She tries to make out that it isn’t her fault she is in this mess, but as Elspeth says, if she didn’t knock him out in the first place, and listened to him, nothing would have had to happen. And with that Elspeth left to join the festivities, and left Miryum to decide what she wanted to do. She found the crowds surrounding Gruffyd’s wagon he created for the magi, and she had just missed a spectacular demonstration of defensive illusions. But the magi performance was yet to occur.

Gevan started the performance juggling, with music to match, and he made the performance progressively more difficult and more spectacular. I’m not going to try and describe the performance, you can read that yourselves, but it does sound very elaborate, and there is as little coercion involved as possible. Parts of the performance were awe-inspiring, and other parts were hilarious (unless you were a coercer-knight). The reaction from the coercer-knights is concerning, instead of enjoying the performance, which everyone else was, they drew away into their own group, and watched without expression. I wonder if it is envy of their fellow coercers, that are performing and are loved by Obernewtyn? Or are they just trying to reject the coercers, because they are not using coercion anymore, and are trying to be pacifistic?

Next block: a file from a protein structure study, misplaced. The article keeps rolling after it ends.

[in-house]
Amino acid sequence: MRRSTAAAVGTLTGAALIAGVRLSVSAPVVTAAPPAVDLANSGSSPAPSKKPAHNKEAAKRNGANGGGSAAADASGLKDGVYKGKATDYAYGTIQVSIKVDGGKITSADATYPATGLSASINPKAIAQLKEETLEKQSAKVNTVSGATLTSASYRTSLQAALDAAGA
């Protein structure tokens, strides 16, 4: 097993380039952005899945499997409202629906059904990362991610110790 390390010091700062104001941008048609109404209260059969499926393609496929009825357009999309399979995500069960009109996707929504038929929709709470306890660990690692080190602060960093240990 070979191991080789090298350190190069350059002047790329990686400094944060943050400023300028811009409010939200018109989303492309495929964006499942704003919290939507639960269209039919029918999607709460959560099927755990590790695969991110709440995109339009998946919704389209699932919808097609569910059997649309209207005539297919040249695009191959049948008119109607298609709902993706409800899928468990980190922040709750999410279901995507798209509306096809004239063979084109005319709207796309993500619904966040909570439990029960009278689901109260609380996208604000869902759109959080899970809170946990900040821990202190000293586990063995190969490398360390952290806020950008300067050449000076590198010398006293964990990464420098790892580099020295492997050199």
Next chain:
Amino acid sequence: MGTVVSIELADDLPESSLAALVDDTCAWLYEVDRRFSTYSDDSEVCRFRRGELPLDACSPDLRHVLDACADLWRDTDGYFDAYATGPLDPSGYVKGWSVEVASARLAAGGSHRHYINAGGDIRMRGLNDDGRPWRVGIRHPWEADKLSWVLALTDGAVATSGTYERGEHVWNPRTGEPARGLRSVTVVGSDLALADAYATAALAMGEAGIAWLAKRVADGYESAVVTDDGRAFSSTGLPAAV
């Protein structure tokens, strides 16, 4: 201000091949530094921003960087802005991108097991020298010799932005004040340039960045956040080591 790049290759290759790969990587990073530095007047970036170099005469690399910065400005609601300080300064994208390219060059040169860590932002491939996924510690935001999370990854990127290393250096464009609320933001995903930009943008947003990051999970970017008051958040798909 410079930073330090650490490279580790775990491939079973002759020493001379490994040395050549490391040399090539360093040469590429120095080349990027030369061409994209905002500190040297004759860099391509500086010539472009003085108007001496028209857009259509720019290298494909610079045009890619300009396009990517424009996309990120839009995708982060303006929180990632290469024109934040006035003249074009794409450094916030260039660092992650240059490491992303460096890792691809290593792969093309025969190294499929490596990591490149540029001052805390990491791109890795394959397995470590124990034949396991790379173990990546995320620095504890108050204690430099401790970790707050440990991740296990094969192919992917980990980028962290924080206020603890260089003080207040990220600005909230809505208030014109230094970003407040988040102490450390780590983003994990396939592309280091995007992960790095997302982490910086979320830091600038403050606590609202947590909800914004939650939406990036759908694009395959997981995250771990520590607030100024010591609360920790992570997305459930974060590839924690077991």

As the performance went on, Elspeth could start to see the underlying message of the performance. Gevan would appear, and mock ignorance, and praise those who saw through the tricks, it was a smart, yet very subtle way to get their message across, and the knights should congratulate them on what they could achieve with this performance. The very underlying message is that fear makes people ignorant and stupid, when there is really nothing to fear. A puppet play took this idea further, showing how violent this fear could make people. Elspeth couldn’t help but question whether the message would make an impact on how Misfits were treated, Hannay, who sat near her, said that the performance was about not being frightened by what looked different. The next show will be about fearing what shouldn’t be feared. The second performance builds on the foundation they are laying in this performance, so in essence, they could perform different shows in the same town, slowing strengthening their message, and hopefully altering people’s attitudes towards others.